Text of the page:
You may not see them, but they are there. Just how many individuals are experiencing homelessness in Lebanon County?

There is no solid answer to that question. The U.S. Government estimates that on any given night, as many as a half-million residents are homeless nationwide. Other agencies that deal with the homeless say those numbers are too low.

United Way of Lebanon County is asking for volunteers to help conduct the annual Point In Time Count (PIT) of the homeless. The PIT is spearheaded by the U. S Department of Housing and Urban Development (HUD) and communities across the country that receive social services funding are required to conduct the PIT annually in their own area.

The Lebanon County PIT will take place on Wednesday, Jan. 22. A mandatory training session will begin at 7:30 PM. The Lebanon County PIT event is planned, organized and carried out as a cooperative effort of The Lebanon County Coalition To End Homelessness (LCCEH), United Way of Lebanon County, Community Health Council of Lebanon County and Lebanon County Christian Ministries (LCCM).

United Way CEO Brooke Smith told FOX 43 recently of the importance of an accurate count, saying the count affects funding received by local social service agencies that work on homelessness. FOX 43 also reported last week that 85 volunteers are needed to conduct the PIT count. There are still openings, according to United Way’s website.

Individuals or groups interested in volunteering are required to register in advance on the United Way. On the night of the PIT they will fan out in groups of five to eight individuals to gather information in one of five designated “zones” across Lebanon County:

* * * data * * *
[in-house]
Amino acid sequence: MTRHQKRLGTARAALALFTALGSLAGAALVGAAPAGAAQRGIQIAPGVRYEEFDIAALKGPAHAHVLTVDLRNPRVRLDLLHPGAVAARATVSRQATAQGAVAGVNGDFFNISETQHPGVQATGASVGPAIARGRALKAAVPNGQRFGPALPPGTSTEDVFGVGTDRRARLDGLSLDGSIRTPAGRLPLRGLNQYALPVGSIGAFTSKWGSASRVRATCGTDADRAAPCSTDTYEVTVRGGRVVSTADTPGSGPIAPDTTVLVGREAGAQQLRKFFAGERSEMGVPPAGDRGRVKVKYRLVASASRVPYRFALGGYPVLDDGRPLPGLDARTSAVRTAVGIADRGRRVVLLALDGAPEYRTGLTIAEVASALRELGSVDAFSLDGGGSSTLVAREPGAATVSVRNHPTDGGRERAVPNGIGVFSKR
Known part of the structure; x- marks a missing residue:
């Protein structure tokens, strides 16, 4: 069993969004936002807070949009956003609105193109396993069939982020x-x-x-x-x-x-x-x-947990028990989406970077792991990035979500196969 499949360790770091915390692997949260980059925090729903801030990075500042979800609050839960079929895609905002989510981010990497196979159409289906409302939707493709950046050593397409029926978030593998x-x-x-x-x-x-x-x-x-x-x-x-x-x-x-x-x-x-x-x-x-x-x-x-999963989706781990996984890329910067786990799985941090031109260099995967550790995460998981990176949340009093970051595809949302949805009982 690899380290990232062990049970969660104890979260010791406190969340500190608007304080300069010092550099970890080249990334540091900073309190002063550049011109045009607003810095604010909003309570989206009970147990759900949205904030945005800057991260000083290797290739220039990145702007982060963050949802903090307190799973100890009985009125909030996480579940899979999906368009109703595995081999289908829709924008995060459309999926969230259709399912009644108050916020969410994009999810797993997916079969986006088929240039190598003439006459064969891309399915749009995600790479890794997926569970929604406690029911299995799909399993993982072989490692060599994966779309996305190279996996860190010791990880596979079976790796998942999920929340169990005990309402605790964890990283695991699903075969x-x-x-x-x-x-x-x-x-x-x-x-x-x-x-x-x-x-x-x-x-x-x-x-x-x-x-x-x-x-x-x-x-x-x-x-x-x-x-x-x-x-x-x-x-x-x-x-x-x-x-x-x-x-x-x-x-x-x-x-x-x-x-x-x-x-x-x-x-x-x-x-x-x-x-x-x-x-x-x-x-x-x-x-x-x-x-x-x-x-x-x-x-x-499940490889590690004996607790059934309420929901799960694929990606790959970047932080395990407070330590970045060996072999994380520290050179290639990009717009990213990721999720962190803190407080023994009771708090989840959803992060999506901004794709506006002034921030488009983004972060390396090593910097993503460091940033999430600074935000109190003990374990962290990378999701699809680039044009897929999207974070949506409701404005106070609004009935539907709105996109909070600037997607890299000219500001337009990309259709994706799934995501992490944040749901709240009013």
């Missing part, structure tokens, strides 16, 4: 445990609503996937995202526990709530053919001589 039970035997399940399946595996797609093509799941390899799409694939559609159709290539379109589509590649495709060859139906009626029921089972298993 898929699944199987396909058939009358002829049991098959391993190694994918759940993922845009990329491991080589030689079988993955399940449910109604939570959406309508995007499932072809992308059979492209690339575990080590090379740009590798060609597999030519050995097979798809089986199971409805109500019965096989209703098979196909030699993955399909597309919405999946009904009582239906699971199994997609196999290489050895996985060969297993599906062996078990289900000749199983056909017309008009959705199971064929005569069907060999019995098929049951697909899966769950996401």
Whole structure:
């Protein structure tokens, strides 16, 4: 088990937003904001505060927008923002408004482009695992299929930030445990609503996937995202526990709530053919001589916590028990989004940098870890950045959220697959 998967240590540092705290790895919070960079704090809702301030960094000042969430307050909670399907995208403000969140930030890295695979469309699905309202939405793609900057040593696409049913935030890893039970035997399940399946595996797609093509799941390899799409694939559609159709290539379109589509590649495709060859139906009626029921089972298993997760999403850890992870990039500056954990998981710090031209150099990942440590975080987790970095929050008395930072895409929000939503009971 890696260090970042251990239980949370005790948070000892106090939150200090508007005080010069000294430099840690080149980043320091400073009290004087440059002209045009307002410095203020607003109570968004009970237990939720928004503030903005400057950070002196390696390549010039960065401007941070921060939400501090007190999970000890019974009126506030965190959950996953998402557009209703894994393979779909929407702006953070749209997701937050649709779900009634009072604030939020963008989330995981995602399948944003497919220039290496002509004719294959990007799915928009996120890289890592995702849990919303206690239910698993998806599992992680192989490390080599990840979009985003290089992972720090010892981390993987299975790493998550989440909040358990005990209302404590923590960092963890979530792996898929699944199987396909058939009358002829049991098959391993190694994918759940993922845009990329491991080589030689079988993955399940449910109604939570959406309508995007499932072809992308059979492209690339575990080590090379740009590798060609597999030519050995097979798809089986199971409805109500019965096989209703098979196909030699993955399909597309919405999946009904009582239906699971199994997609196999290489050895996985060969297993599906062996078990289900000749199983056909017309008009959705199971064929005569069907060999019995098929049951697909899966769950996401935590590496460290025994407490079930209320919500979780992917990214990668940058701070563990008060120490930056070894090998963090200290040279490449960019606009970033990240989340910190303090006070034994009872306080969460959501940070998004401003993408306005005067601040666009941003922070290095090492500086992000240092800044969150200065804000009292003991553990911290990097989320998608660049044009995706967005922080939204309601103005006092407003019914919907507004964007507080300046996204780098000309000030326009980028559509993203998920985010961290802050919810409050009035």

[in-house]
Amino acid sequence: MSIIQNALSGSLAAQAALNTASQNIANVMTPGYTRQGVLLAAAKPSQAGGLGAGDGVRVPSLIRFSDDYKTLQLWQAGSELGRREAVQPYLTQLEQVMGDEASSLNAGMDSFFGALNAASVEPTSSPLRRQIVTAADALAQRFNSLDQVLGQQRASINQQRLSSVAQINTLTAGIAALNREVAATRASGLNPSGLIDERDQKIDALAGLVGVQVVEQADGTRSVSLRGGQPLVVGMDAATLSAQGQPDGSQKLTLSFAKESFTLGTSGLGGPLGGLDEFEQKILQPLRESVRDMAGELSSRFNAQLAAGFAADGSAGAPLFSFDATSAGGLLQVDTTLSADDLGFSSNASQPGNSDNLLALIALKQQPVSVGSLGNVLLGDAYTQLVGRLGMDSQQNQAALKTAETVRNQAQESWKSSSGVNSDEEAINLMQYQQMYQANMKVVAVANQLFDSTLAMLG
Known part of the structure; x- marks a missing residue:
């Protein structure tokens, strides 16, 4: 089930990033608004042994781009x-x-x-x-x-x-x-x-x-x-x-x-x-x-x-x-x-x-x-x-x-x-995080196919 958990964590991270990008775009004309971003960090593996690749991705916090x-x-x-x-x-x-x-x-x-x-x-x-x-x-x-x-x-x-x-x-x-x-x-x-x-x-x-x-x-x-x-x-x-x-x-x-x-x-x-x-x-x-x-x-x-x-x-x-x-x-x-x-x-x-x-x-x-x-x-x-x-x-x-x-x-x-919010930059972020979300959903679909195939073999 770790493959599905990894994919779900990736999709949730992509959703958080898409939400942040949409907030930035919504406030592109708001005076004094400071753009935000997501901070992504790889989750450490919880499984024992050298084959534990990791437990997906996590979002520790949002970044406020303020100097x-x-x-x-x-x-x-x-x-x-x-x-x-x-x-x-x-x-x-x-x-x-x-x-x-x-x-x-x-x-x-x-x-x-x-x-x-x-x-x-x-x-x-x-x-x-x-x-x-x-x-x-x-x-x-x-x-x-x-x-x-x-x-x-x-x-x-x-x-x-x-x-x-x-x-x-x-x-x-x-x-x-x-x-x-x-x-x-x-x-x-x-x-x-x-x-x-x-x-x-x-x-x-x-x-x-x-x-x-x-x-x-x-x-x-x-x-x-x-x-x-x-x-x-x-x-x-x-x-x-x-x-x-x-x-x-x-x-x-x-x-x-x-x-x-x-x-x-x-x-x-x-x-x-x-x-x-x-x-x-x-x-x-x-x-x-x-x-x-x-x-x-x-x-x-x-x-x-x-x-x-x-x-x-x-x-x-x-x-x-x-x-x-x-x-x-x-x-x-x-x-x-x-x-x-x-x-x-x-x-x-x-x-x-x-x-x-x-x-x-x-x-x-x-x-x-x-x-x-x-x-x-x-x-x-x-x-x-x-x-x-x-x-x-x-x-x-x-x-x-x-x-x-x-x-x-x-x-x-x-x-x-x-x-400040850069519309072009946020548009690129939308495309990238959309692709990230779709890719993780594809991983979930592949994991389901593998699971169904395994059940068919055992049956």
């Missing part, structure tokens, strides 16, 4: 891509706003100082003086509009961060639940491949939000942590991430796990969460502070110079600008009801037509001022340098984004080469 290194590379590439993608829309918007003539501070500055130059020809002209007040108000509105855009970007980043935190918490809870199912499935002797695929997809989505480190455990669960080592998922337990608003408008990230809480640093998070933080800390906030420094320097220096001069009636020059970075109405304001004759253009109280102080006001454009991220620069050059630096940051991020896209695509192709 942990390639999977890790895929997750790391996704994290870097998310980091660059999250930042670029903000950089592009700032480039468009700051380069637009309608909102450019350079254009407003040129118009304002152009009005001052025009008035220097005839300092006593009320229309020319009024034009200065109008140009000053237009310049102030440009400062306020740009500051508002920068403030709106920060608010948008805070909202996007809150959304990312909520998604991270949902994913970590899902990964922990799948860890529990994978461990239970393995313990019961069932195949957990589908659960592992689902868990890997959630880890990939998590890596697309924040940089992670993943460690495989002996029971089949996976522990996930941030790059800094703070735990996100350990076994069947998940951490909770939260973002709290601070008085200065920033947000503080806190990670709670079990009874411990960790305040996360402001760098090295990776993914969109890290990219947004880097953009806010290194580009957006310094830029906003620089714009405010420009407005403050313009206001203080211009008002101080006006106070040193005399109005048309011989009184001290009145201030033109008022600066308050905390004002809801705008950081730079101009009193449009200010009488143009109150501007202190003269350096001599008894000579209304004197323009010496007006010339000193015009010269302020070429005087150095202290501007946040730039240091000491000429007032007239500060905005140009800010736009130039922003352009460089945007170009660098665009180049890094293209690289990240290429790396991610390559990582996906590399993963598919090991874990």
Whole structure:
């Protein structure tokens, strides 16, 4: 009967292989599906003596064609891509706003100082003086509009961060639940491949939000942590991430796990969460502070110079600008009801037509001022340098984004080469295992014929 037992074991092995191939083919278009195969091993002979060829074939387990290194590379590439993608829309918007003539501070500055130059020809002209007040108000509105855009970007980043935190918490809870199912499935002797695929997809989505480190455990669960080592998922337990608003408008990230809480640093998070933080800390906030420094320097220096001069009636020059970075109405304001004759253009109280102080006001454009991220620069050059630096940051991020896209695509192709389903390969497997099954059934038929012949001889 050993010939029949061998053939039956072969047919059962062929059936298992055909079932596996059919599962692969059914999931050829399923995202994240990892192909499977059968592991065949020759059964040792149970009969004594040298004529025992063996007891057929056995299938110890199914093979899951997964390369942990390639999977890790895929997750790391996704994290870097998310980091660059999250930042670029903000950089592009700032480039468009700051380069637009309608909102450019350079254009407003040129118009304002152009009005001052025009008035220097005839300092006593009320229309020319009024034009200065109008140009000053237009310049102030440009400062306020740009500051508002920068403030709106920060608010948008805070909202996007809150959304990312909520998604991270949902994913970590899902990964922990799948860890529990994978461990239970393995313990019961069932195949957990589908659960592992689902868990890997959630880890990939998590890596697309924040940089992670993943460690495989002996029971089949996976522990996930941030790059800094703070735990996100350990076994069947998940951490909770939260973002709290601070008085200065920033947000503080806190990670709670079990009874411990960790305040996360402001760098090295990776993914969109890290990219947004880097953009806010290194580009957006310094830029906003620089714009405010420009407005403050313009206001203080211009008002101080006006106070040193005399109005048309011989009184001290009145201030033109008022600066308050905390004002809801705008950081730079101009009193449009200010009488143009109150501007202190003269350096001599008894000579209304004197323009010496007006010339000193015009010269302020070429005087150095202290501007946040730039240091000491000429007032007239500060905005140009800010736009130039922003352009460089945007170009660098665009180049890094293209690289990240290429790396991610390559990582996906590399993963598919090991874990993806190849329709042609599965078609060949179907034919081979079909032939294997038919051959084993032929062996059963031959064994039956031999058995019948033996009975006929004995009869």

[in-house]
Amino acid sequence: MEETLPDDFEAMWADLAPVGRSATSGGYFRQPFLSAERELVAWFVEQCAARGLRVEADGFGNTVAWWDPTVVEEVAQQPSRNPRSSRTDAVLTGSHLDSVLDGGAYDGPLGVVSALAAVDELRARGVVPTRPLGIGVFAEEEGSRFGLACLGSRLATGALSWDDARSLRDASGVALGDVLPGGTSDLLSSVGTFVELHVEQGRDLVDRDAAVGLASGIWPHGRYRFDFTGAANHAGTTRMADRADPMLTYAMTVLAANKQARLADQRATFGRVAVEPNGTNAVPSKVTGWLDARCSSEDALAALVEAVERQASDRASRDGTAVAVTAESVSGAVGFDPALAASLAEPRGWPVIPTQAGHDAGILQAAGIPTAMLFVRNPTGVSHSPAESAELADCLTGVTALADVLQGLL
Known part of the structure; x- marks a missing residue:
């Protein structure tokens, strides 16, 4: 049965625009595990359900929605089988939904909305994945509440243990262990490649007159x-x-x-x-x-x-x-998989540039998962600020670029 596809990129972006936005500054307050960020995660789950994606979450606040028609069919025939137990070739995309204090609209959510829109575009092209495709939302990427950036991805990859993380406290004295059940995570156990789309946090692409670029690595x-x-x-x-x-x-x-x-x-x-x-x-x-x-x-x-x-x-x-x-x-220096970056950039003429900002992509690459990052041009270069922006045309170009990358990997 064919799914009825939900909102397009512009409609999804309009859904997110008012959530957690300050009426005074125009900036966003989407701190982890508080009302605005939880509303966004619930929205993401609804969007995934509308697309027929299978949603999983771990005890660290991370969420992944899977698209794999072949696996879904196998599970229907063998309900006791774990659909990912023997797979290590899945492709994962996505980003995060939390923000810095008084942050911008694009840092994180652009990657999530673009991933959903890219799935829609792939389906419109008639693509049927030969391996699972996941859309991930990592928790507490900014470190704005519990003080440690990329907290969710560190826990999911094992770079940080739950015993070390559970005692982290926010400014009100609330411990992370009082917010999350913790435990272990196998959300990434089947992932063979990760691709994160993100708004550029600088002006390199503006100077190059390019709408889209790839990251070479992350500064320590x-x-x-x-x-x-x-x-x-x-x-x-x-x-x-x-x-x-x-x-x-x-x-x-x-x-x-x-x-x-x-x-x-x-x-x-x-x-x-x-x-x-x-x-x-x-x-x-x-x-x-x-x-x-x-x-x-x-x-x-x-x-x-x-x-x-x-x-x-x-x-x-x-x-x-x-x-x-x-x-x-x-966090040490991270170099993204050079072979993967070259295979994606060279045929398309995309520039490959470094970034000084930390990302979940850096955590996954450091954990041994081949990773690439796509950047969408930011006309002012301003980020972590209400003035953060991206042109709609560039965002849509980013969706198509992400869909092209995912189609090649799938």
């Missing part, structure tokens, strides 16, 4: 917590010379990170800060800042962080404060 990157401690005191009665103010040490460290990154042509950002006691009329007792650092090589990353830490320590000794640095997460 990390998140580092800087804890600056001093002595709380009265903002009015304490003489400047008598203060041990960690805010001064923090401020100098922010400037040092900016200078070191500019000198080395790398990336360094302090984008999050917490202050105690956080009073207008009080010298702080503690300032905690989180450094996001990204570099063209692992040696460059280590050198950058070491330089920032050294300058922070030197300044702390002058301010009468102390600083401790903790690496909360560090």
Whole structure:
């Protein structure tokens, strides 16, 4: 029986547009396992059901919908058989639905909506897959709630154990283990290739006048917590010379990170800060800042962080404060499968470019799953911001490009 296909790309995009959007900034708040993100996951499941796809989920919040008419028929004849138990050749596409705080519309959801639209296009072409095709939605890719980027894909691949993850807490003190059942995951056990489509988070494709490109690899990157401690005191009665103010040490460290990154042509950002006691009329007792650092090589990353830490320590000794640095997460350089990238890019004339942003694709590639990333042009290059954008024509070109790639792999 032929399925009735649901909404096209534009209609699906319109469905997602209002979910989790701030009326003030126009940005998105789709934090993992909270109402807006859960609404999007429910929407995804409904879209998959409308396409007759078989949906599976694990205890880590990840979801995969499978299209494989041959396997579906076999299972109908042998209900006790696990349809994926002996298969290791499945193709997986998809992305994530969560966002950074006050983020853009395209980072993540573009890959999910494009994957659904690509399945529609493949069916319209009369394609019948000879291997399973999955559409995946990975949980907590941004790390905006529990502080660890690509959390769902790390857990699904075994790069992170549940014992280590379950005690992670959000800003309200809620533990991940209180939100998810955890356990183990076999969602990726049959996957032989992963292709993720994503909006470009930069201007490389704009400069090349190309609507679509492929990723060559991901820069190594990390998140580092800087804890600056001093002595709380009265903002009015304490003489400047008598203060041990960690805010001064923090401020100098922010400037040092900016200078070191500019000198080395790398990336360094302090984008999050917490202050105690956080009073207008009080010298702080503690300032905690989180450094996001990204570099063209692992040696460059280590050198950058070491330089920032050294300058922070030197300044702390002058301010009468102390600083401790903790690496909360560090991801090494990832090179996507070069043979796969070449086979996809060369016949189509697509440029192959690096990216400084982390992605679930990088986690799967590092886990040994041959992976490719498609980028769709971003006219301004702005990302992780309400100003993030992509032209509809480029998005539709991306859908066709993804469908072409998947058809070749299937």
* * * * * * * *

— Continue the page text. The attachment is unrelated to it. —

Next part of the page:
• North zone: Northern Lebanon, Jonestown, Fredericksburg
  • South zone: West Cornwall, Cornwall
  • East zone: Myerstown, Richland
  • West zone: Palmyra, Annville, Cleona
  • Central zone: City of Lebanon

The evening begins with a mandatory one-hour training session, happening at 7:30 p.m. at Salem Lutheran Church (119 N. 8th St., Lebanon). The PIT Count itself will take place from 9-11 p.m. All volunteers are required to return to the church for a safety check-in at the end of the night.

Organizers suggest volunteers be:

  • Over the age of 12
  • Physically capable (there will be lots of walking)
  • Properly dressed for weather conditions

Volunteers should also bring a flashlight and a charged cell phone.

In addition to counting the number of individuals experiencing homelessness, volunteers will try to collect their demographic data as well as information on how long the individual has been homeless and why.

Information gathered by the PIT Count will be submitted to the state and federal governments, which give local social service agencies the tools they need to alleviate homelessness and its common causes, such as deep poverty, domestic violence and untreated mental health and substance abuse disorders.

For more information, visit the PIT Count website or reach out to Brooke Smith at United Way or LCCM executive director Bryan Smith.